NEW YORK (AdAge.com) -- Fitch Ratings today lowered credit ratings one notch on Interpublic Group of Cos., downgrading convertible subordinated notes to junk status with a rating of BB+. Fitch cut ratings on senior unsecured debt and multi-currency bank credit to BBB-. Fitch's rating outlook for IPG remains negative, which could lead to a further downgrade.
The move follows a Dec. 6 downgrade by Standard & Poor's. Interpublic, the big agency holding company, has been plagued by financial restatements and sluggish performance.
Junk status refers to credit rating on debt issues that are below so-called investment grade and considered more speculative due to an increased chance of default. Lower ratings raise the cost of borrowing by forcing companies to pay a higher interest rate on new debt issues.
Fitch defines BBB as "good credit quality" and BB as "speculative." Fitch said Interpublic's near-term liquidity "appears adequate" but cited "concerns about financing flexibility in 2003."
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"[Weak] revenue trends reflect both declines in advertising spending by major clients and client losses related to previous year's acquisitions," namely True North Communications, Fitch said. In June 2001, Interpublic bought True North, parent of Foote, Cone & Belding Worldwide, for $1.6 billion.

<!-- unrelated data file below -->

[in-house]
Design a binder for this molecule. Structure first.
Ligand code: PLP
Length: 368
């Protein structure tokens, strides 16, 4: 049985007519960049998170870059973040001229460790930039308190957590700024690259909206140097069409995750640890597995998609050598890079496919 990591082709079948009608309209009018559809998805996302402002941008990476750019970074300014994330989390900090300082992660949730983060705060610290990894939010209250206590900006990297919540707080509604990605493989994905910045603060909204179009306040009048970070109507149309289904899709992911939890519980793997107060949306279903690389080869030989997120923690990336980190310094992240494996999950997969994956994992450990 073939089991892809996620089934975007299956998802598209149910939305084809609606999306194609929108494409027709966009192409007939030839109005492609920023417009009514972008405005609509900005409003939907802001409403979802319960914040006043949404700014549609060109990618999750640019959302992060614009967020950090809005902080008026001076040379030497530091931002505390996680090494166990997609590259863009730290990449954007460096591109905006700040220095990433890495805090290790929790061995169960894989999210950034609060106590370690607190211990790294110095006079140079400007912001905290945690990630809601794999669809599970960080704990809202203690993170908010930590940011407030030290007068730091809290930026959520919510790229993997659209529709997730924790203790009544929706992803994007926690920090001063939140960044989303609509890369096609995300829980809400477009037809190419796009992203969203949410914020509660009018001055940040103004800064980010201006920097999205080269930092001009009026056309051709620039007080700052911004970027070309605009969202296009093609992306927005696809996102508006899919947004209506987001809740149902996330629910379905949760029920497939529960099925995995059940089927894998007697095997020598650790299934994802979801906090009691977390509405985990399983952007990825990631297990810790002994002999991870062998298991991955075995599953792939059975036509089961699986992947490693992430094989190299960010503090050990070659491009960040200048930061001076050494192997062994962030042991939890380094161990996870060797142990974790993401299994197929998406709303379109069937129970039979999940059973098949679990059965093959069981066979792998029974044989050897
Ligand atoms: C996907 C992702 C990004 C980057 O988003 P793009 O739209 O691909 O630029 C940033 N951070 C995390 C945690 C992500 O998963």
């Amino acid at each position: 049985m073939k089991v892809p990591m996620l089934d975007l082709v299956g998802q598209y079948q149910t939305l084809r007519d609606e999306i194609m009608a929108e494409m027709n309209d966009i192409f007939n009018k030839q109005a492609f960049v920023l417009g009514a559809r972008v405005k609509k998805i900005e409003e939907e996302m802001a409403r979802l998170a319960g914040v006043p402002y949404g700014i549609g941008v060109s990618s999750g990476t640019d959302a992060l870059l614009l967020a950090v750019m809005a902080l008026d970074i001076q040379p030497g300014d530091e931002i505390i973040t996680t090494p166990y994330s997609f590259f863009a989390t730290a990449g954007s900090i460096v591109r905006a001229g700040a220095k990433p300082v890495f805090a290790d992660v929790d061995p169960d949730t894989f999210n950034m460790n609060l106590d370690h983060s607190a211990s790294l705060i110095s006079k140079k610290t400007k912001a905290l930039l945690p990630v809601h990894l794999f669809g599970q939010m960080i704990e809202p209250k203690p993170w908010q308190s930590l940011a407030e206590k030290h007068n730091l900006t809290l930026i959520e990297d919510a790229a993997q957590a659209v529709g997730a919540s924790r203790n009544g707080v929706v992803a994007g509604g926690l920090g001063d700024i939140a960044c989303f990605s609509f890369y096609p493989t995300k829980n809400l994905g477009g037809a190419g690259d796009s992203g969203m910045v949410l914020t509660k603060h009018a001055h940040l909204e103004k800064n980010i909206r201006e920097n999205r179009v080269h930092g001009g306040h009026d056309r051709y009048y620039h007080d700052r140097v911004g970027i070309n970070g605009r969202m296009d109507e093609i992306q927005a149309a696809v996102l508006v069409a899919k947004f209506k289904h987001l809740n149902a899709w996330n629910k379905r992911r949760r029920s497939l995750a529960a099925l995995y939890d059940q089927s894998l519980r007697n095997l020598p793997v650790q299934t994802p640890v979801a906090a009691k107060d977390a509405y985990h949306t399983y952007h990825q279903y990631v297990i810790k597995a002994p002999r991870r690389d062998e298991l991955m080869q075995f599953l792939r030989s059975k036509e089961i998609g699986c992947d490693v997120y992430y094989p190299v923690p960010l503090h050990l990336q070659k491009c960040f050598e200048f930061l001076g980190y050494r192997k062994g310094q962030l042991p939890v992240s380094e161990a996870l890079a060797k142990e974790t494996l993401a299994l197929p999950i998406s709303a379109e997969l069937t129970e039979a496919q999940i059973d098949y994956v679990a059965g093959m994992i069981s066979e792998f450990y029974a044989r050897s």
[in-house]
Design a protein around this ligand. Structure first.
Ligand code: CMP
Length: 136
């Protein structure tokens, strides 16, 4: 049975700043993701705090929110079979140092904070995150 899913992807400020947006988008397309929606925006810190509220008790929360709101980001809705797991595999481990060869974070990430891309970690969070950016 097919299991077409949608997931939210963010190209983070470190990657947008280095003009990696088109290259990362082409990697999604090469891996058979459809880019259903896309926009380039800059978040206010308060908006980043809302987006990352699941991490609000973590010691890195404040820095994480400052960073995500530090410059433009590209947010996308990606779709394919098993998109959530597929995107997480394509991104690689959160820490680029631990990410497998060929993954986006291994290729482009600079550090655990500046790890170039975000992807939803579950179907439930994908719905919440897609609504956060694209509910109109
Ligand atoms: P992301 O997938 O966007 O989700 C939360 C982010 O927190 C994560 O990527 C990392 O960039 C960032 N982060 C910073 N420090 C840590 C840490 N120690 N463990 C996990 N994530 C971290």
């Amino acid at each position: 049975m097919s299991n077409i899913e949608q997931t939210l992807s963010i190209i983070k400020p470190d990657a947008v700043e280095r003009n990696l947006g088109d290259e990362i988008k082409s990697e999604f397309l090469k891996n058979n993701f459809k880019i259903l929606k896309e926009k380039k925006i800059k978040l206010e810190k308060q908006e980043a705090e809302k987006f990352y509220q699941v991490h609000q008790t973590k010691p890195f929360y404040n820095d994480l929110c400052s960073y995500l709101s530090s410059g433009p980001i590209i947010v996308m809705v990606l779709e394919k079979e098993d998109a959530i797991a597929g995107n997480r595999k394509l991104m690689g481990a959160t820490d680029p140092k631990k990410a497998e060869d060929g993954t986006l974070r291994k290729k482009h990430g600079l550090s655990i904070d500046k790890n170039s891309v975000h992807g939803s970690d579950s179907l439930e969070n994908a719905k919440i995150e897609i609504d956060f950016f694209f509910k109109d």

'Stem the deterioration'
Fitch said Interpublic "is evaluating expanded cost-reduction initiatives and is planning the disposition of the non-core Octagon operations to help stem the deterioration in earnings. The ability of management to execute on these and other initiatives to strengthen the company's credit profile are key to the resolution of the current rating outlook."
Interpublic has drawn heavy criticism for allowing Octagon, its sports-marketing venture, to make an ill-fated move into ownership of automotive race tracks. Interpublic executives have said they are working to resolve problems with Octagon.
At this week's UBS Warburg investors conference, Sean Orr, Interpublic executive vice president and chief financial officer, said he and Chairman-CEO John J. Dooner Jr. have a "sacred commitment" to keeping Interpublic's debt at investment grade.